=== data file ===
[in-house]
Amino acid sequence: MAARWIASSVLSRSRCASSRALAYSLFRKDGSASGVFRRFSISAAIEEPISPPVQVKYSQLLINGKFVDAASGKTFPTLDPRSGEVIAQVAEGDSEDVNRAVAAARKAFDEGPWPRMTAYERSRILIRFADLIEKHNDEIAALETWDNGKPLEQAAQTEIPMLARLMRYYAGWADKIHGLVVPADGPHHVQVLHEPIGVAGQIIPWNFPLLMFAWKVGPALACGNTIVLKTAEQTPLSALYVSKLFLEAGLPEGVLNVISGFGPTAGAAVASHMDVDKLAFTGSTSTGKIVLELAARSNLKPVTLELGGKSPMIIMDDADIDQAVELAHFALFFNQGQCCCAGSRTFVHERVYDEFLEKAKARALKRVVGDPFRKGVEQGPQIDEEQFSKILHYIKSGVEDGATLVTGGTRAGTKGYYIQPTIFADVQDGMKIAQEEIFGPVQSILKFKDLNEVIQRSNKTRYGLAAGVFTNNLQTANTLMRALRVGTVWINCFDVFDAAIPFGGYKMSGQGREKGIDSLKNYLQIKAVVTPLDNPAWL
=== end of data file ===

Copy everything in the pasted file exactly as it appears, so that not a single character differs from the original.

[in-house]
Amino acid sequence: MAARWIASSVLSRSRCASSRALAYSLFRKDGSASGVFRRFSISAAIEEPISPPVQVKYSQLLINGKFVDAASGKTFPTLDPRSGEVIAQVAEGDSEDVNRAVAAARKAFDEGPWPRMTAYERSRILIRFADLIEKHNDEIAALETWDNGKPLEQAAQTEIPMLARLMRYYAGWADKIHGLVVPADGPHHVQVLHEPIGVAGQIIPWNFPLLMFAWKVGPALACGNTIVLKTAEQTPLSALYVSKLFLEAGLPEGVLNVISGFGPTAGAAVASHMDVDKLAFTGSTSTGKIVLELAARSNLKPVTLELGGKSPMIIMDDADIDQAVELAHFALFFNQGQCCCAGSRTFVHERVYDEFLEKAKARALKRVVGDPFRKGVEQGPQIDEEQFSKILHYIKSGVEDGATLVTGGTRAGTKGYYIQPTIFADVQDGMKIAQEEIFGPVQSILKFKDLNEVIQRSNKTRYGLAAGVFTNNLQTANTLMRALRVGTVWINCFDVFDAAIPFGGYKMSGQGREKGIDSLKNYLQIKAVVTPLDNPAWL